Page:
As we think about Blue Nile going forward, you know, we've said in the past that it would, you know, it would be accretive, you know, as early as Q3 of next year. And as we look at it, we're really viewing this as a combined banner with James Allen. So, if you look at our 10-Q, you'll see digitally native banners. What we're really presenting to you is that this is a combined entity that really drives and -- two commercial banners that play off of each other, attracting different customers with Blue Nile being slightly higher and slightly younger, more affluent, which really opens up the top of the funnel but brings with it a different, you know, margin profile.

So, overall, really positive about Blue Nile, its impact on our business, our ability to manage its performance within the guidance that we've provided for this year. And as I said earlier, you know, we will come back to you on our fourth quarter call with respect to looking into next year.

Operator

[Operator instructions] Our next question comes from Paul Lejuez with Citi. Paul, your line is open.

Paul Lejuez -- Citi -- Analyst

Hey, thanks. Two questions. One, I think you mentioned encouraging results over Black Friday weekend expectations, but you also said that you were seeing signs that the consumer was waiting for later in the season to complete their shopping. So, just kind of curious how to square those.

Those two things. And then, curious if you could talk a little bit more about transactions versus ticketing and which categories you're seeing the higher rewards versus seeing them where you might be seeing some pressure.

Gina Drosos -- Chief Executive Officer

Sure. So, I'll take the Black Friday and later in the season. So, both of those things are true. We saw encouraging results over Black Friday.

As I mentioned, we saw omni traffic up double digits. So, a lot of people in stores but a lot of people online. And we saw our online revenue up mid single digits. So, that was great that we see people buying at the time.

But a lot of people, we see browsing, and they'll be waiting, we think, until later in the season, making sure they get the very best value that they can. We're well positioned for that. We're positioned with, I think, very strong merchandise offers, great newness, noncomps in digital experience, marketing, all of those things to drive closure of those customers. But the beginning of our holiday season, especially with our highest ever Cyber Monday, was encouraging.

And as we think about the sales equation, Paul, our conversions were, you know, relatively flattish. We mentioned we had a higher average transaction value. But on the lower traffic, our transactions were down.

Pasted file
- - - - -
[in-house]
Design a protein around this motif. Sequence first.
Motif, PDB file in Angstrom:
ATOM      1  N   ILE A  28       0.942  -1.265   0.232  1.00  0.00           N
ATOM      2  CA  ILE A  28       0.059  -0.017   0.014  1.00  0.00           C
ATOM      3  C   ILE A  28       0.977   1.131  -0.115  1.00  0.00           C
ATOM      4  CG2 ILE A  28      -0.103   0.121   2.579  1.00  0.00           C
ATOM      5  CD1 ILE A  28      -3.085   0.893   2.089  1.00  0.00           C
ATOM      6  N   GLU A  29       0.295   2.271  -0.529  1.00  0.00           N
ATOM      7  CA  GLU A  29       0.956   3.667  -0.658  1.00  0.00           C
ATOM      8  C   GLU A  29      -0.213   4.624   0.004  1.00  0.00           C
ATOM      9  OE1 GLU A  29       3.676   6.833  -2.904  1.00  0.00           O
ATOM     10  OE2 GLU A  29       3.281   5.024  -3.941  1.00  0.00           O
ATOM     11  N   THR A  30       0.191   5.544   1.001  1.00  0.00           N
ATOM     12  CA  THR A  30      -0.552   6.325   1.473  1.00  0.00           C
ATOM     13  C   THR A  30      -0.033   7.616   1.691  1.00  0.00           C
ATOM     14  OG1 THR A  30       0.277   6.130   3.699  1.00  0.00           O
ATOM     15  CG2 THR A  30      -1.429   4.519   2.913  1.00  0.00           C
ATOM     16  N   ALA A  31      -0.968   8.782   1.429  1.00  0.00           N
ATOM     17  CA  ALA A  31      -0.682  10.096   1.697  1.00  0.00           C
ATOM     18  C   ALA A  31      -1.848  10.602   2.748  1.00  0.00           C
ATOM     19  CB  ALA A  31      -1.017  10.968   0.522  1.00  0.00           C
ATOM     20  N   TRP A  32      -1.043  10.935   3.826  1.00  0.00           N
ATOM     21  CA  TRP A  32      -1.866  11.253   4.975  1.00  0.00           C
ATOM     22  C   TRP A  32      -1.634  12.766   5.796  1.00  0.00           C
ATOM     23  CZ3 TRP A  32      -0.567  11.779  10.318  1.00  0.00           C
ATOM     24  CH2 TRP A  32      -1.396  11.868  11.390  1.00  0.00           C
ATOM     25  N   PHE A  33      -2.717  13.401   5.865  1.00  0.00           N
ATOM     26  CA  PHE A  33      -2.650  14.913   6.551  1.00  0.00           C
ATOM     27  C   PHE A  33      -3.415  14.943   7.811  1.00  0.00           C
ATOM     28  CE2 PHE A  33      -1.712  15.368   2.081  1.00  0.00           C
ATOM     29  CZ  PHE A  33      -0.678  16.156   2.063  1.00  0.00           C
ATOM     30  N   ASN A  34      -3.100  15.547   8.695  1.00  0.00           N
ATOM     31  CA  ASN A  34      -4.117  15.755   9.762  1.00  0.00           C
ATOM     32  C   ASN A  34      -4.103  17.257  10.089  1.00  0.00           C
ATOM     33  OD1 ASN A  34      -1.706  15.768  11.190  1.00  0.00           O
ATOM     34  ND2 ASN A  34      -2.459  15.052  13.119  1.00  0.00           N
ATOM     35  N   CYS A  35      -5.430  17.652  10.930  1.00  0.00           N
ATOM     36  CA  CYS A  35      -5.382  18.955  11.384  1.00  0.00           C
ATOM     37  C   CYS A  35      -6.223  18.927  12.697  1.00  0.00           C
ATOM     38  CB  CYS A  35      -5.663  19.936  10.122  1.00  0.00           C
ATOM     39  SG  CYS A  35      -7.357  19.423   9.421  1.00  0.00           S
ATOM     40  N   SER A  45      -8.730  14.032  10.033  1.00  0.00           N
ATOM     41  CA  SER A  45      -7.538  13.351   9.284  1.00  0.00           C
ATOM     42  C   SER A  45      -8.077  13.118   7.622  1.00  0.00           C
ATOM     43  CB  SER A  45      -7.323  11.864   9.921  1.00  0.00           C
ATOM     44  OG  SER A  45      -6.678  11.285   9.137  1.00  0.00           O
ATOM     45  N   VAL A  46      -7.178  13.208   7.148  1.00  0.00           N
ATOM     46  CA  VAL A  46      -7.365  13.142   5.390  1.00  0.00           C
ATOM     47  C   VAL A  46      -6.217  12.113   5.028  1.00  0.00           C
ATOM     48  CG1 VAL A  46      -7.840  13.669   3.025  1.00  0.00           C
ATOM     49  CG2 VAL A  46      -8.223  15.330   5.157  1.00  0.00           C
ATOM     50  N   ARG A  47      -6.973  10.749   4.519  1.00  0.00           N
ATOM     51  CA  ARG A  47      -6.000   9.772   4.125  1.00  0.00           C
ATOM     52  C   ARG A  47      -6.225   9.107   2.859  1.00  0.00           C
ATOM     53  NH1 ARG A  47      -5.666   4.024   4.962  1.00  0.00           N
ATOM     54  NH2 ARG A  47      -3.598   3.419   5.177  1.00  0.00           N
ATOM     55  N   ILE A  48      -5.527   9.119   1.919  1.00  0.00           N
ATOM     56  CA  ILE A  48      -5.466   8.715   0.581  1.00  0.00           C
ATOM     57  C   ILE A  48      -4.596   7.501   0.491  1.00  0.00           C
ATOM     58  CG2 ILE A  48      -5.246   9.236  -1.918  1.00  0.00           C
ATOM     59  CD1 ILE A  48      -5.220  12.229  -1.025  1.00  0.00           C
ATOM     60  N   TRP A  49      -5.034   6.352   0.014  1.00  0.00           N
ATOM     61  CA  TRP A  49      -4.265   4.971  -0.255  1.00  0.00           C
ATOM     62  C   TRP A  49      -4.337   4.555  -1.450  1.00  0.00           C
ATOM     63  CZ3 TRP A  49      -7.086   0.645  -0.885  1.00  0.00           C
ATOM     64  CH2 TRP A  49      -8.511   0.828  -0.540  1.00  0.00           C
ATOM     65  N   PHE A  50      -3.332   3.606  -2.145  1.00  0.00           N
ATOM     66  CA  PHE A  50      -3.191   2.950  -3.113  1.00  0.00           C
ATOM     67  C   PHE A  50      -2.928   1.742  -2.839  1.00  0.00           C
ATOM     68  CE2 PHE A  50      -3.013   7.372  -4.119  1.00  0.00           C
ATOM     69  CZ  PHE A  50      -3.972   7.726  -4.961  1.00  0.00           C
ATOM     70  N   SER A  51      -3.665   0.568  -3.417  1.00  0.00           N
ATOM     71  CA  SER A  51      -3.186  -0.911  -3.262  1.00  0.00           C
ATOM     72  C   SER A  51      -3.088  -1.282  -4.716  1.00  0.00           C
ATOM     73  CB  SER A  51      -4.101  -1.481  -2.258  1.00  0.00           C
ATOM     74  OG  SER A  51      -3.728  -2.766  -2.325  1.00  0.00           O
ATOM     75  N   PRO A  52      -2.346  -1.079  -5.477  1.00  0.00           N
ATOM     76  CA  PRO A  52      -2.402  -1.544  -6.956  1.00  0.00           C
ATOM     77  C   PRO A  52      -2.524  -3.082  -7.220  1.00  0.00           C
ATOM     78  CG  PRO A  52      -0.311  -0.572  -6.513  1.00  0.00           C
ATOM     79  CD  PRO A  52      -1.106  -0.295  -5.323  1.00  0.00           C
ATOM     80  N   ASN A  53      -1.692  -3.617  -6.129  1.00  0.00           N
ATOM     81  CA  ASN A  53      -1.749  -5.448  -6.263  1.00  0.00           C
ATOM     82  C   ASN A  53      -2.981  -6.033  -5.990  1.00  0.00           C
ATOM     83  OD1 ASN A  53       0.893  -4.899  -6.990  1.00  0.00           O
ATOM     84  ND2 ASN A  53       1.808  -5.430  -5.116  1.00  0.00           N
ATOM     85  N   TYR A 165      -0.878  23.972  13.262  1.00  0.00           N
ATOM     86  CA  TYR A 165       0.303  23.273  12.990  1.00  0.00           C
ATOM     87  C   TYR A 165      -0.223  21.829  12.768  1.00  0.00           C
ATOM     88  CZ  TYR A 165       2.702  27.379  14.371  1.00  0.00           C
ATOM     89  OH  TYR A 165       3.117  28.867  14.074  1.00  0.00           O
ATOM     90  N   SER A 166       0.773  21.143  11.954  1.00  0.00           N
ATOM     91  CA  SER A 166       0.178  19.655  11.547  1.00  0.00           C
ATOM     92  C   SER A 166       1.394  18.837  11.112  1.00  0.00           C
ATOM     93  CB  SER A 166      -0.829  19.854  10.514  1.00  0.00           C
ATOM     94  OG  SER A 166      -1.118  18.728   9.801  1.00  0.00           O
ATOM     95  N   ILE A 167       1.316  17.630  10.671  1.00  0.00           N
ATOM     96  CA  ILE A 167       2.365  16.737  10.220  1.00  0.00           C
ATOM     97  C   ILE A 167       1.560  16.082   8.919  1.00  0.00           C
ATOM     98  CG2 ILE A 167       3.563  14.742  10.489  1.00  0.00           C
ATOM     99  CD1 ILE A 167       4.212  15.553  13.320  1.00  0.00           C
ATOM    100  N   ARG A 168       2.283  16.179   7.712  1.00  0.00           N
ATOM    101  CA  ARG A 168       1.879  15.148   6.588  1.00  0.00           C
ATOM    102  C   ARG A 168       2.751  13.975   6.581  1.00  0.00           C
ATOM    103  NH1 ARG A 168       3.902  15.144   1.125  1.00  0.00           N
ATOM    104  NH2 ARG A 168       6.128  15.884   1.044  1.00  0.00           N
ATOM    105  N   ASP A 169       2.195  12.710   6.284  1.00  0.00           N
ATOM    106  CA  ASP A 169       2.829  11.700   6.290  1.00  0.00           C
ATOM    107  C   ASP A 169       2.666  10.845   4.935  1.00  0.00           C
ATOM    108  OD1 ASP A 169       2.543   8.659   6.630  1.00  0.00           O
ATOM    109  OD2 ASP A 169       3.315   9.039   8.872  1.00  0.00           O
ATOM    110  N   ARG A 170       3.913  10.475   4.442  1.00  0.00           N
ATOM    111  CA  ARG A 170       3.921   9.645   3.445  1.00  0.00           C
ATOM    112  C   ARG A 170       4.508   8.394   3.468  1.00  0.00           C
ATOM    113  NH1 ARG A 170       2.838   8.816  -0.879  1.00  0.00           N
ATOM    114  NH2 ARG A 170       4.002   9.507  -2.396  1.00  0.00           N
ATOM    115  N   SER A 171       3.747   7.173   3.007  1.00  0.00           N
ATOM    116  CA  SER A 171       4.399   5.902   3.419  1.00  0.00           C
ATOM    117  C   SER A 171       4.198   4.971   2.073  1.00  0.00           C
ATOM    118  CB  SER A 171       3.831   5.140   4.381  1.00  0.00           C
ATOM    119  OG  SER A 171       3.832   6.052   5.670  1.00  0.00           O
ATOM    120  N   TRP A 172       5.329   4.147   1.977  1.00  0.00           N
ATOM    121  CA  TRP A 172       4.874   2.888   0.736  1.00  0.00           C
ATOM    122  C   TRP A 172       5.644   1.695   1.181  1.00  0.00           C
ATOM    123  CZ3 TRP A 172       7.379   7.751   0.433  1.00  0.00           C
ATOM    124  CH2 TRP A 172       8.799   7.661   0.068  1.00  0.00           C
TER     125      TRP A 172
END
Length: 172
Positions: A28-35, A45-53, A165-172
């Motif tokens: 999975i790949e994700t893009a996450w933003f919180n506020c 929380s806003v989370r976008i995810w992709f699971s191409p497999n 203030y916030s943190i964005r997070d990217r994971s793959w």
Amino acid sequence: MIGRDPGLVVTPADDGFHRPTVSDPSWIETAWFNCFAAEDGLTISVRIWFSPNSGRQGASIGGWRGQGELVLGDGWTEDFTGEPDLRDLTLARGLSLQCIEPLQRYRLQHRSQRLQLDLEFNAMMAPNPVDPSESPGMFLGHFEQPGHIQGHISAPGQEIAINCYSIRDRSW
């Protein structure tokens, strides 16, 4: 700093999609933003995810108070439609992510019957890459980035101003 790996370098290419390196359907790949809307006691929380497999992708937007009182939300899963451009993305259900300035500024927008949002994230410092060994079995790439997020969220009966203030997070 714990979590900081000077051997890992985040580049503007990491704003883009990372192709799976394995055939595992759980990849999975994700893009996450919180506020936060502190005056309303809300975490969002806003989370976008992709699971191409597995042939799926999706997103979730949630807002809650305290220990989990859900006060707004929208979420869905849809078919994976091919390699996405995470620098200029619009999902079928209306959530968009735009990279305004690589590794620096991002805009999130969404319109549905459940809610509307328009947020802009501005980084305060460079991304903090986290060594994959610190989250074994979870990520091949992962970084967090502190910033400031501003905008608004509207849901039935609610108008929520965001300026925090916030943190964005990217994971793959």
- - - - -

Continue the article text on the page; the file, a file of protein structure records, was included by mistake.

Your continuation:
Operator

Those are the questions we have time for today. So, I'll now turn the call back to management for any concluding remarks.

Gina Drosos -- Chief Executive Officer

Well, thanks, everyone. The point that I want to ensure that Joan and I have made this morning is that Signet is uniquely positioned to deliver consistent market share growth and value creation, given our strong and growing leadership in jewelry, an attractive industry that tends to grow steadily from year to year and is more resilient to economic cycles than other retail industries. We've established our leadership position by strategically creating a virtuous flywheel effect that is building positive momentum and growth that no other company in our industry is achieving. We're raising this year, integrating Blue Nile ahead of plan, continuing to deliver annual double-digit operating margins, and maintaining the flexibility that comes with a strong, healthy balance sheet.

We're ready for holiday and confident we can deliver the long-term growth to which we're committed. Thank you very much and happy holidays.

Operator

[Operator signoff]

Duration: 0 minutes

Call participants:

Vinnie Sinisi -- Senior Vice President of Investor Relations

Gina Drosos -- Chief Executive Officer

Joan Hilson -- Chief Financial and Strategy Officer

Mauricio Serna -- UBS -- Analyst

Lorraine Hutchinson -- Bank of America Merrill Lynch -- Analyst

Jim Sanderson -- Northcoast Research -- Analyst

Will Gaertner -- Wells Fargo Securities -- Analyst

Paul Lejuez -- Citi -- Analyst